While the Northern Hemisphere is snowed in this winter, Australia faces a scorching summer coming out of its third-hottest year on record.
With highs above 47 degrees Celsius, or 117 degrees Fahrenheit, plants and animals are dying off in droves.
A myriad of factors is contributing to abnormal weather patterns in Australia, among them a particularly late La Niña (a climate pattern involving the cooling of Pacific waters) developing in late November. Australia’s Bureau of Meteorology attributes the temperature rises in recent years to global climate change. And once the heat wave passes, the next few months could be cooler and wetter due to La Niña.
Australia has seen a 1.1-degree Celsius increase in average temperature in the last hundred years, as well as unpredictable rainfall patterns, mainly due to greenhouse gases accumulating in the atmosphere.
Why are greenhouse gases harmful? Usually, the heat from the Sun is radiated back from the Earth's surface and escapes into space, keeping our Earth's temperature in balance. However, an increase in greenhouse gases such as carbon-di-oxide and methane from excessive use of fossil fuels and cutting down of forests can upset this delicate balance.
These gases trap the heat radiated from the Earth's surface, and this causes an increase in our Earth's temperature. This causes the melting of glaciers and the rise in ocean levels. Since these gases persist in our atmosphere for hundreds of years, their impact can be seen for a long time.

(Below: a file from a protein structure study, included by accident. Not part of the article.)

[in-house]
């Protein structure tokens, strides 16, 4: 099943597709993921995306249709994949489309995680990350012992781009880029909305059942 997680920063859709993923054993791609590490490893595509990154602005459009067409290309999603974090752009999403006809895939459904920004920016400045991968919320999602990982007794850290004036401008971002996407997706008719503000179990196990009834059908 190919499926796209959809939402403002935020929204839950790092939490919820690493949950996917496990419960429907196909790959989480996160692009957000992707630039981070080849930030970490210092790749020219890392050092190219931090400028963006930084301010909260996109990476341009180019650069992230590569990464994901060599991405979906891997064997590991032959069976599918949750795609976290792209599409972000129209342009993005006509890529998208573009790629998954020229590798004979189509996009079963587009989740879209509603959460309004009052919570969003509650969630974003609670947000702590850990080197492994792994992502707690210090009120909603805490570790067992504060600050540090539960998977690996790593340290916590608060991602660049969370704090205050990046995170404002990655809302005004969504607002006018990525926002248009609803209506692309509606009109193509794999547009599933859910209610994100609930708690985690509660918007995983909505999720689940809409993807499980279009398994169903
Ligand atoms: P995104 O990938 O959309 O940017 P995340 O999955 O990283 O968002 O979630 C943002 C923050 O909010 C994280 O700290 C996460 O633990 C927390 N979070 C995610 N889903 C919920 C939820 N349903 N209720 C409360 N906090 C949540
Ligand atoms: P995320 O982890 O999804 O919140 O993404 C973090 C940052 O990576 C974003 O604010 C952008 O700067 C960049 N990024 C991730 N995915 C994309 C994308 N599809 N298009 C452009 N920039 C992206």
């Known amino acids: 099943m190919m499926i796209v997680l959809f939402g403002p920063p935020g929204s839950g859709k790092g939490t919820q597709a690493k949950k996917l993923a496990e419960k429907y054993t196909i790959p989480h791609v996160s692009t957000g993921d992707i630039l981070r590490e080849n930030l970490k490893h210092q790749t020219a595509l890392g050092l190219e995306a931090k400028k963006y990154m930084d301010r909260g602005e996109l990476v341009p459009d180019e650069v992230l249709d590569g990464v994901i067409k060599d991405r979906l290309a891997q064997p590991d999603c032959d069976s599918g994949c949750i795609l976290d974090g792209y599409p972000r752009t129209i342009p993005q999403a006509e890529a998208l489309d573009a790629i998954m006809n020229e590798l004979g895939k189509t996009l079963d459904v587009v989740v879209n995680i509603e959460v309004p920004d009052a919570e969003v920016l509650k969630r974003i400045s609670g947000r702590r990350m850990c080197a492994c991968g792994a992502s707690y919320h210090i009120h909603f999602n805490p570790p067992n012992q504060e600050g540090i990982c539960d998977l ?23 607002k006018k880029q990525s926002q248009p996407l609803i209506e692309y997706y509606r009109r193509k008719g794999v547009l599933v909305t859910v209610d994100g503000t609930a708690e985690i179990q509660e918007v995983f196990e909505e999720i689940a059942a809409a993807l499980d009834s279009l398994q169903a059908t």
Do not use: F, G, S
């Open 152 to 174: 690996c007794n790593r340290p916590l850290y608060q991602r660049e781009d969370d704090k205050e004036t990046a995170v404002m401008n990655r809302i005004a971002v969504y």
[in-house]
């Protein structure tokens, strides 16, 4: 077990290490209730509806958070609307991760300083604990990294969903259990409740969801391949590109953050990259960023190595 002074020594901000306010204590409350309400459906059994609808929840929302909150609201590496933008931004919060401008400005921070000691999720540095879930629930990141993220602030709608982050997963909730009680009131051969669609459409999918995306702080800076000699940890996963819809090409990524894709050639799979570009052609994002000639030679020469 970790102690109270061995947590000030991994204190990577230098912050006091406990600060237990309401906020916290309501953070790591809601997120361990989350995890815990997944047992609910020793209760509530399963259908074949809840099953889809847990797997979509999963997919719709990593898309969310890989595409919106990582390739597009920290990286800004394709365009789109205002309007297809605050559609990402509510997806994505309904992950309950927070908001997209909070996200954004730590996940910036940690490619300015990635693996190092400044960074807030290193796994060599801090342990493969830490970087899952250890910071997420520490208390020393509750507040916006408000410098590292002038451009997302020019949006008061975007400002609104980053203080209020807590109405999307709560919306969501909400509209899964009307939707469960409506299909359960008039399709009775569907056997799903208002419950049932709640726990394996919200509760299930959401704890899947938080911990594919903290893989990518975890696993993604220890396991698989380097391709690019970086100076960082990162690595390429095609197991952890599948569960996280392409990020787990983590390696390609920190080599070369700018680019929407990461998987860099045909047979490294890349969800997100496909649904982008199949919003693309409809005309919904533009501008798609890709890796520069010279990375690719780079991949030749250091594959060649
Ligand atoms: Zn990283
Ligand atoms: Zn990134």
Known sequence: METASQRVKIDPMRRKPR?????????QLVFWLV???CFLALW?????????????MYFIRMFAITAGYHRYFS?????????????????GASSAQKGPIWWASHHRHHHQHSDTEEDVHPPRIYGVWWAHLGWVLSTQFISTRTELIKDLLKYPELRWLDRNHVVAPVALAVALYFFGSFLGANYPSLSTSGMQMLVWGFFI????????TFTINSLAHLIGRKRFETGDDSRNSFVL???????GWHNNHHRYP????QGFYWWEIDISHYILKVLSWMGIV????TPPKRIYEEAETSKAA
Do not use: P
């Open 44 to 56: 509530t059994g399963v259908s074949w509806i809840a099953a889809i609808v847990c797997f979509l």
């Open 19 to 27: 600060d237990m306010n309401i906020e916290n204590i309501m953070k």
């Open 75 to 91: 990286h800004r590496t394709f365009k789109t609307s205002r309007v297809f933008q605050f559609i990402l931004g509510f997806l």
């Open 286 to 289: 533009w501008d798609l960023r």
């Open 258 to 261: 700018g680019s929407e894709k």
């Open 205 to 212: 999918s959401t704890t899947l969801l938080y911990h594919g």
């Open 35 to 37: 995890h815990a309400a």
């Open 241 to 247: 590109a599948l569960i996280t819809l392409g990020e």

Australian agriculture is a $47 billion industry, and 53% of the total land area is used in food production. With long, hot summers becoming more and more frequent in an already dry, arid country, farmers often don’t have enough water for their crops to grow.
Even with access to water, yield from crops and livestock drops dramatically under such harsh conditions. Because Australia supplies most of its own food and exports much of its agricultural yield to other countries, this heat wave will affect many people’s food supply.
As crops die off in the sweltering heat, so do several animals, including thousands of flying fox bats. In the single town of Campbelltown, 204 bats were found dead on the ground. The bats, especially the youngest, have difficulty cooling themselves off above temperatures of about 104 degrees Fahrenheit and die of dehydration. In the oceans, the heat is also destroying significant sections of the Great Barrier Reef. Warmer water temperatures cause coral bleaching, turning the coral white and leaving long-term or permanent damage.
Undoubtedly, this summer is going to have lasting effects on marine life and biodiversity off Australia’s coast. And, Australians will have to suffer through another month and a half of unending heat!
Sources: Guardian, NPR, Reuters, bom.gov.au, cmar.csiro.au, abs.gov.au